“I live in Richmond and have been watching with horror as Richmond Mayor and Council have ignored the majority of Richmond citizens in favour of developers and corrupt realtors who have ruined our most precious resource,” reads one of them, sent Feb. 22, 7:54 p.m. “With all due respect, you seemed to go out of your way (to) exclude farmland. Why did you fail to protect farmland?” 

A dozen emails expressed concern about the imposition of a speculation tax on recreational properties.

Said a Feb. 23, 3:09 p.m. email: “The B.C. government’s latest attack of non-residents who already pay 30% more property tax than B.C. residents and use less services have been included in your government’s efforts to control an out of control housing market in Vancouver fuelled by what now the B.C. government admit is money coming from foreign buyers with no traceable income. The collateral damage to the government’s misguided policy is us.” 

The writer of a Feb. 21 email said his or her family moved from B.C. to the U.S. for employment opportunities. 

“We still own our Vancouver home. We want to keep our Vancouver home as a vacation home so we can stay there when we visit family and friends in B.C or when we have a ski trip to Cypress or Whistler. Did we do anything wrong that warrants the punishment of the 2% speculation tax? There is nothing speculative about our ownership of the home. We worked hard, paid $10,000s of tax, saved enough down payment and bought our first home. So for expat Canadians like us, the only option is to just sell the house and never come back for a visit? (The strata has bylaw forbidding rental so even if we wanted to rent we cannot.)”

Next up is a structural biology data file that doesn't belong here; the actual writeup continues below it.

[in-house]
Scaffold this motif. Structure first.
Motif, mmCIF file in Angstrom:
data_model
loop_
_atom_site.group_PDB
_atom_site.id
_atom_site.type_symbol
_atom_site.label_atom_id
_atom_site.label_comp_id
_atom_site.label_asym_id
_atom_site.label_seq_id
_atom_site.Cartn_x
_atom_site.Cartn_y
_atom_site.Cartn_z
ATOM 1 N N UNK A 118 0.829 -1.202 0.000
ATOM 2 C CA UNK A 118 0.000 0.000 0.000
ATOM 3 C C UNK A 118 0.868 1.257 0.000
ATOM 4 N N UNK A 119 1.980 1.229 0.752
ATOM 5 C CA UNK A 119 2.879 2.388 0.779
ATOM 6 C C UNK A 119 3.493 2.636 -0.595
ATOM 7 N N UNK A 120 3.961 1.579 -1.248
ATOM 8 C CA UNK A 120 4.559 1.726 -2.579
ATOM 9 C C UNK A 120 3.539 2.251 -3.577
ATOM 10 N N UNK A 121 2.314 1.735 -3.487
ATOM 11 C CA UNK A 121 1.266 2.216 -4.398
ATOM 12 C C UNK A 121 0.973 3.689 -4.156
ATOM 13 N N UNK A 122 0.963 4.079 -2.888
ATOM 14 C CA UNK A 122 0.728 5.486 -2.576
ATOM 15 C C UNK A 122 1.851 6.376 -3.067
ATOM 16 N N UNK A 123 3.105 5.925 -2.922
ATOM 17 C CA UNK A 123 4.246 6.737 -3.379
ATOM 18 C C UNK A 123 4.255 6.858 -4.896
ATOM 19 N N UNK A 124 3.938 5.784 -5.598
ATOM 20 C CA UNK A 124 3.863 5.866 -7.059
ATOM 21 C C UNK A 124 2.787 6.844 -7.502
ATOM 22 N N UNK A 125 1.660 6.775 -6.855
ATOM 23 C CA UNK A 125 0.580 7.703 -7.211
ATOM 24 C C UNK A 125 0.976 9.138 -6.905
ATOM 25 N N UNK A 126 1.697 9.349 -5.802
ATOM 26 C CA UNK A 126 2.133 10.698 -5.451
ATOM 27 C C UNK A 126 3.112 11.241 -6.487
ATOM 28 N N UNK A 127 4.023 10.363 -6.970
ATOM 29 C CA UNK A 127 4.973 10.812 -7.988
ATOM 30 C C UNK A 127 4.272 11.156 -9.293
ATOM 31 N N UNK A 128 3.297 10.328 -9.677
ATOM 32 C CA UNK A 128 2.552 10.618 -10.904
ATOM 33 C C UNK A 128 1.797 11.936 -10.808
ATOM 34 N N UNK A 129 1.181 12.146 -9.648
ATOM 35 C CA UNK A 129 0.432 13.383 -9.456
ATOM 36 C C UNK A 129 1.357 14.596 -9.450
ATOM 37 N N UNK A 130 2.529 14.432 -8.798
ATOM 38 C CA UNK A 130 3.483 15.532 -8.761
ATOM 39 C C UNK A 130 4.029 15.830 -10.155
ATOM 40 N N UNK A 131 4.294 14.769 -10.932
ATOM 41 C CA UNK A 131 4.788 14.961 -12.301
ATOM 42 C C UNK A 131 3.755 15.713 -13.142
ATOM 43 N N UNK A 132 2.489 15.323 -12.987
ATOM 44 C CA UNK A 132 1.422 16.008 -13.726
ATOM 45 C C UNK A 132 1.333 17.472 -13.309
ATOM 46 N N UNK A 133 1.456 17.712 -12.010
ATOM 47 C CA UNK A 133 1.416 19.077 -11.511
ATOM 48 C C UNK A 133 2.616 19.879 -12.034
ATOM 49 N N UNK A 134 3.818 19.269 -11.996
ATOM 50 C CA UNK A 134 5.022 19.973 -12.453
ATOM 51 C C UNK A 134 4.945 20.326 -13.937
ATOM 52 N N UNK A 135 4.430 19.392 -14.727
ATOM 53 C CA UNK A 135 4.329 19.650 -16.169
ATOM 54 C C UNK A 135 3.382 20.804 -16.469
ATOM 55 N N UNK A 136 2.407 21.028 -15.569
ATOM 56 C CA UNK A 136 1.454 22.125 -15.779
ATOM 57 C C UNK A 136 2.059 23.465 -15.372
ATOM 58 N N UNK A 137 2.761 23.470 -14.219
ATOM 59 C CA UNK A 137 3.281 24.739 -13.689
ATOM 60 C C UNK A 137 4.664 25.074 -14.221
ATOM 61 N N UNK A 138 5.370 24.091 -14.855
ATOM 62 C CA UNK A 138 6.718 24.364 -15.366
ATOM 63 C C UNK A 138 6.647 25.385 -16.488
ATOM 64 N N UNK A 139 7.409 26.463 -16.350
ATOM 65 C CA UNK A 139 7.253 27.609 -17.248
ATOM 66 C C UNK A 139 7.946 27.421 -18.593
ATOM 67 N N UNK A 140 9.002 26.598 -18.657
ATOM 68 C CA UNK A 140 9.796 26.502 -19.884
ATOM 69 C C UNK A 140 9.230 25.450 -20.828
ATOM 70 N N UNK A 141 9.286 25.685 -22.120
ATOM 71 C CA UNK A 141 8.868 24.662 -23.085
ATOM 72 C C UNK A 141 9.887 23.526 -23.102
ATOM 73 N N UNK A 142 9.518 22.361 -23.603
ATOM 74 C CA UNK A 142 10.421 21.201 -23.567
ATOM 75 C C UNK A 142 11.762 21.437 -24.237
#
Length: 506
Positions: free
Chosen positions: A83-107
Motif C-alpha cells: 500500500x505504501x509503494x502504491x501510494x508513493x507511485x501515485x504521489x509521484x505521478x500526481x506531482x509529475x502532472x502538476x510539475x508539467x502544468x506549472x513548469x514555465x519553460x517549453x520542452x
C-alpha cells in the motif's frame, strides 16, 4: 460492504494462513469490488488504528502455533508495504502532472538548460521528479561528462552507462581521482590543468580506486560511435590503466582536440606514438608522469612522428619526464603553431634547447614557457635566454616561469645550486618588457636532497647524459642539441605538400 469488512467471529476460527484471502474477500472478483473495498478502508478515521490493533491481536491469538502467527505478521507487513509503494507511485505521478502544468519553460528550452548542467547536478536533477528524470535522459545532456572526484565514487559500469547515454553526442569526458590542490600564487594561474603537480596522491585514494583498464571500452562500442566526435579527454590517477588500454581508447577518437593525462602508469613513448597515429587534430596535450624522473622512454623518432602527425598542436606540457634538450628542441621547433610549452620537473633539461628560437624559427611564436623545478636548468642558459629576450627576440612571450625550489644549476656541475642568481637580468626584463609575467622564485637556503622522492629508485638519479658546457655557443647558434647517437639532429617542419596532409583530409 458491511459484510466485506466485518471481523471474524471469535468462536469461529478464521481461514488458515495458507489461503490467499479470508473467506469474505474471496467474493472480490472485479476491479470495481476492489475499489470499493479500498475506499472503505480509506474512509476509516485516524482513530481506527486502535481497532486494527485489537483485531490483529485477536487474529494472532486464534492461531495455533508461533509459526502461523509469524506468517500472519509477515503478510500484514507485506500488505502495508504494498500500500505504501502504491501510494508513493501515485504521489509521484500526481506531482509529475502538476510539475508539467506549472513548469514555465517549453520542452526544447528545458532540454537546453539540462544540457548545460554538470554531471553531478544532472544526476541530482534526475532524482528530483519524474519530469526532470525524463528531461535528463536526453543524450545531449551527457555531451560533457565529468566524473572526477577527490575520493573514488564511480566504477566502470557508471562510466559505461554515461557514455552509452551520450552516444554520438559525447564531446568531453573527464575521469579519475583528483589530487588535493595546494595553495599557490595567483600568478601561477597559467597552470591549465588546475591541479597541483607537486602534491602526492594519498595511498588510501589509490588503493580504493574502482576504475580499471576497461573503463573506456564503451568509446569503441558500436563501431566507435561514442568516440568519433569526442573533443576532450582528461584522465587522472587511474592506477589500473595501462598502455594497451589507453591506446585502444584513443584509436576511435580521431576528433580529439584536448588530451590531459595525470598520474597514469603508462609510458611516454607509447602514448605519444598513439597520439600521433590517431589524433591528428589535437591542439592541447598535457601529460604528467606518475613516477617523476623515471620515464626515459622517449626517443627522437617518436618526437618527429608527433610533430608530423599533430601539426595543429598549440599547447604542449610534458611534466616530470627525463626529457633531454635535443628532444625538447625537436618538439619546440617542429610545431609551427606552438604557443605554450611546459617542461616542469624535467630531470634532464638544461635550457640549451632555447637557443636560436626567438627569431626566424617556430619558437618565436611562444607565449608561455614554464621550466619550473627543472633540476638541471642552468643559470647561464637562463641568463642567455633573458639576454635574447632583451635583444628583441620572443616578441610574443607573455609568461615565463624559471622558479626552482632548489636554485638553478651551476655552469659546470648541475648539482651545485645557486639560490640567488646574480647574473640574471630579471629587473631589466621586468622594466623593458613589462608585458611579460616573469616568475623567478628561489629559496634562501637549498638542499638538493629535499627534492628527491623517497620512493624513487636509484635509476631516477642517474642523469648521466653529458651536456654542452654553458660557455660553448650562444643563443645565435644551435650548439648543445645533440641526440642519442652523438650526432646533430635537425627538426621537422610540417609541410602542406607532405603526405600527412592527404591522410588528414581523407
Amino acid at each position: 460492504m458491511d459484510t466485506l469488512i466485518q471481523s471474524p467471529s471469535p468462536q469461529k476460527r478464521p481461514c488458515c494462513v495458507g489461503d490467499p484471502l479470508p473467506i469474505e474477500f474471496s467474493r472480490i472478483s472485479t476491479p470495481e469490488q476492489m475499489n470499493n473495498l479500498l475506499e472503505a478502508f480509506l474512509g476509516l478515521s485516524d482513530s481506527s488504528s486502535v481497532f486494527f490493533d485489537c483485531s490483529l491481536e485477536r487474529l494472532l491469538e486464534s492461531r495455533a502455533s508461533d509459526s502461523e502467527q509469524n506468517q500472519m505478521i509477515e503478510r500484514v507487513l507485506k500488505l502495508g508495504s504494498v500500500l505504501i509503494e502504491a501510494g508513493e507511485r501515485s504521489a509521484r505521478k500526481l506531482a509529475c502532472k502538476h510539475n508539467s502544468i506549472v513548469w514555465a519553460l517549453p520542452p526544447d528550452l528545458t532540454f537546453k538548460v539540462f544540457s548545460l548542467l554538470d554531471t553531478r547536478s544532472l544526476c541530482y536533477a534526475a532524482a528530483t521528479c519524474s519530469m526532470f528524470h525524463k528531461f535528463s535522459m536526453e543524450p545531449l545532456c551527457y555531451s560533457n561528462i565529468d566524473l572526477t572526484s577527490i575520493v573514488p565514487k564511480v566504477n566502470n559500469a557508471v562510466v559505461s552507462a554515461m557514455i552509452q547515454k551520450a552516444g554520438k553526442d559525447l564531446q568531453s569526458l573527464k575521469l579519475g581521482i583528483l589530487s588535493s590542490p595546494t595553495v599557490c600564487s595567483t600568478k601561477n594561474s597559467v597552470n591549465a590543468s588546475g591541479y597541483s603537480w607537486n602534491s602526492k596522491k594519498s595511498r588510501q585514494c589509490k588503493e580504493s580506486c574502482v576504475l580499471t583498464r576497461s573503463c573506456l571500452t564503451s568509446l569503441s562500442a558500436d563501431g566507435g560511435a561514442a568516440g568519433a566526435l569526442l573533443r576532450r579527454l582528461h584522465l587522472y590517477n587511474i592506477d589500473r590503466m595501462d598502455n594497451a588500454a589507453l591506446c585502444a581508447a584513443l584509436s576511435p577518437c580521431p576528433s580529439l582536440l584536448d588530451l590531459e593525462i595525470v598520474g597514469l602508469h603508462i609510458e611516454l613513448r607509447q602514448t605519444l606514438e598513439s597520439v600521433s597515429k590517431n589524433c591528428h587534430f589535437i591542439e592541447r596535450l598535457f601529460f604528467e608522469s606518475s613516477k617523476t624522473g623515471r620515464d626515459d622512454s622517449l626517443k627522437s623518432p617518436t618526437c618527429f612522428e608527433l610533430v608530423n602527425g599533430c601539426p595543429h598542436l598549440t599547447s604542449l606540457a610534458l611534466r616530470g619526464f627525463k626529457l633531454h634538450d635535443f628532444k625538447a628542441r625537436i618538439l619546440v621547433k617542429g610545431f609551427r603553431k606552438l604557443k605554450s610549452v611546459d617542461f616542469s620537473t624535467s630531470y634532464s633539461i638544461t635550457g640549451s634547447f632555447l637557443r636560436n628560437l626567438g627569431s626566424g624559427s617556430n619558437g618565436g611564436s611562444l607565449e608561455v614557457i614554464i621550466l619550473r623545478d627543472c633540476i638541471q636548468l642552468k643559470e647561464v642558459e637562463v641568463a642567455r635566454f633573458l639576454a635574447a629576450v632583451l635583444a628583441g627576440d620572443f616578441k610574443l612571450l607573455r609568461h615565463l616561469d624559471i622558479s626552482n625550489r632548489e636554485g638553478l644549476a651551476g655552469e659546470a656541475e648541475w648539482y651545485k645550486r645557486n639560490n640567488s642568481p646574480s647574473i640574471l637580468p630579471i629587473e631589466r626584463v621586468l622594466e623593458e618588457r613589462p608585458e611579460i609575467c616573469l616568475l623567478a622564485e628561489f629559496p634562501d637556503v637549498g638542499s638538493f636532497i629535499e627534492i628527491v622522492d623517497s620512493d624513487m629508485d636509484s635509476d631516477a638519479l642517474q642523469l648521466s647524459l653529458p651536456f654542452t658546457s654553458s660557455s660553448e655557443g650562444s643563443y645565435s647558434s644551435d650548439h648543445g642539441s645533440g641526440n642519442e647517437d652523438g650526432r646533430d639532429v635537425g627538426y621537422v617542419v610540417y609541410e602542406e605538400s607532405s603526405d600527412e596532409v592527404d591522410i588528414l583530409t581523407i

A retired septuagenarian couple living in a Kelowna townhouse, who spend 120 days a year in a West Vancouver condo, feared prohibitive costs. 

Finance Minister Carole James (BC Gov)

“We are highly stressed by this possibility as we cannot possibly afford to pay the massive annual tax that would be assessed to us. It would force us to have to sell…. we have always paid our fair share, but this additional $12,000 or more annual tax is not acceptable to us.” 

On March 27, Finance Minister Carole James softened the blow, by limiting the areas where tax will be charged and exempting properties worth less than $400,000, if owned by a British Columbian. Resort areas like Harrison Hot Springs and the Gulf Islands are not covered anymore. Whistler was not among the areas targeted in the first place. 

The Urban Development Institute launched a campaign, by multinational lobbying firm Hill and Knowlton, to oppose the measures. It includes an anonymous-organized online petition, that was rejected by the Legislature’s clerk, and an anonymous-organized Facebook page. 

British Columbians who own more than one house that is not rented for at least half the year are subject to a 0.5% rate. Rates for out-of-province owners are 1% and foreign owners 2%. 

theBreaker filed the application on March 8. It was supposed to be due April 23, but delayed by the government to June 5 to consult with an unnamed third party or public body. The records were released June 12, a week later than the revised deadline. 

Jinny Sims, the minister in charge of the government’s FOI office, was ordered last July with orders by Horgan to “improve response and processing times” for FOI requests.

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OOP 2018 81669 Real Estate Taxes by BobMackin on Scribd